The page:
Oh…anger management counseling, that’s enough to balance the scales when a young Muslim daughter’s life is in question. The mental hoops this judge jumps through to come to this kind of decision is staggering. KGS
Muslima: Thanks Canada!
CALGARY — A Calgary mother won’t spend a day in jail for killing her teenage daughter with a head scarf — a decision that has prompted outrage.
A national victims’ group, based in Toronto, is stunned by the suspended sentence given to Aset Magomadova by Court of Queen’s Bench Justice Sal LoVecchio on Thursday.
“I really strongly disagree. It sends a massively huge message to the rest of the country and the world that her daughter’s life was valueless,” said Joe Wamback, co-founder and chairman of the Canadian Crime Victims Foundation.
“Even though this girl may have been a handful and trouble, that’s not the issue. The issue is human life. Sentencing is not just about the criminal, but has to speak for the victim and to denunciation.”
In October, LoVecchio acquitted Magomadova, 40, of second-degree murder and found her guilty of manslaughter in the death of Aminat, 14. He placed her on probation for three years with several conditions, including taking counselling for grief, depression and anger management.
The judge rejected an argument by Crown prosecutors Mac Vomberg and Sarah Bhola for a 12-year prison term, instead accepting the position of defence lawyer Alain Hepner, saying a suspended sentence can still meet the demands of justice.
“At first blush (a suspended sentence) may sound like a get-out-of-jail-free card. It is not,” said LoVecchio.
“The court has said the act in question does not merit a period of incarceration. What the court has done is reserved or, to use the word of the statute, suspended judgment on that point for a period of time on conditions. If the conditions are satisfied, then the individual will not be sentenced. If they are breached, the individual will be brought back to the court to be dealt with further.”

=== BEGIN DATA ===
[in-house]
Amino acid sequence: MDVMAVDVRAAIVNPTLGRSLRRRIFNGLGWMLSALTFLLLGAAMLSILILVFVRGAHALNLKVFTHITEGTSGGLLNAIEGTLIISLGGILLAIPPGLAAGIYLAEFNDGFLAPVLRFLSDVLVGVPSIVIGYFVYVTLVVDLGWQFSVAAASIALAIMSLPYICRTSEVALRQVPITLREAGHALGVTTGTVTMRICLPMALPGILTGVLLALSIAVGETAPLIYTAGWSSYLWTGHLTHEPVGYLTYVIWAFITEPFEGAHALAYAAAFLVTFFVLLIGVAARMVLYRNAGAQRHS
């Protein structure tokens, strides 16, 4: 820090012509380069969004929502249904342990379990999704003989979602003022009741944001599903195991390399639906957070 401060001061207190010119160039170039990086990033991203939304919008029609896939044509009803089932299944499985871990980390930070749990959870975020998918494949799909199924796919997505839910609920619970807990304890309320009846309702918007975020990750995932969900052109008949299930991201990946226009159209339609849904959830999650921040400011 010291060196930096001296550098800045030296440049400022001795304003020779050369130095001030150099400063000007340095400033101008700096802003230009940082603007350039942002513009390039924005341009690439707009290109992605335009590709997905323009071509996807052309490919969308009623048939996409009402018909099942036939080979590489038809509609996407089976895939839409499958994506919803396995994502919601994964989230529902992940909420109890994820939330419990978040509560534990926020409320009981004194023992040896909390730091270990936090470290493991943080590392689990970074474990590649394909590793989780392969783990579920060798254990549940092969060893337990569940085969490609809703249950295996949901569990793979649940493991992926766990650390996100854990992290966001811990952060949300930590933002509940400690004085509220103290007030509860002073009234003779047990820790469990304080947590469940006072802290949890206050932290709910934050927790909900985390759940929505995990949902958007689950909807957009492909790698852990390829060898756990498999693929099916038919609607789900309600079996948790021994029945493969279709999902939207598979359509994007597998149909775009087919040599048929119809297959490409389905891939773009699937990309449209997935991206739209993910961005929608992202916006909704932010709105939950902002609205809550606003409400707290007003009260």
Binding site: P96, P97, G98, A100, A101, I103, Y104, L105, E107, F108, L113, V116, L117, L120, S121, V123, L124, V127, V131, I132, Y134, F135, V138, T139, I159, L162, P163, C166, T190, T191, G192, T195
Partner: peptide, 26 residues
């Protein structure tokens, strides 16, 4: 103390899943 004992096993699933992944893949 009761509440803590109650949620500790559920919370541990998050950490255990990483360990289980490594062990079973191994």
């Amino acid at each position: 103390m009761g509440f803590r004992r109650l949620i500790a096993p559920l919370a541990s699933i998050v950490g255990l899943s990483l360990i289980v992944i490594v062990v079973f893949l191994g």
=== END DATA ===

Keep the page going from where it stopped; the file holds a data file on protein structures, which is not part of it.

Magomadova was charged after the deadly incident at their home the morning of Feb. 26, 2007, after Aminat refused to go to court to be sentenced for assaulting a female teacher at her school.
The devout Muslim mother claimed Aminat came at her with a knife in her sewing room, where she prayed several times a day. She said she reacted by wrapping the scarf around her daughter’s neck and twice told the girl to put the knife down before the teen lost consciousness.
A knife was found in the room, but the daughter’s fingerprints were not on it.
LoVecchio, who rejected a defence of self-defence, deemed the woman did not intend to kill the teen, even though medical examiner Dr. Sam Andrews testified that death as a result of such an act would have taken at least 2 1/2 minutes.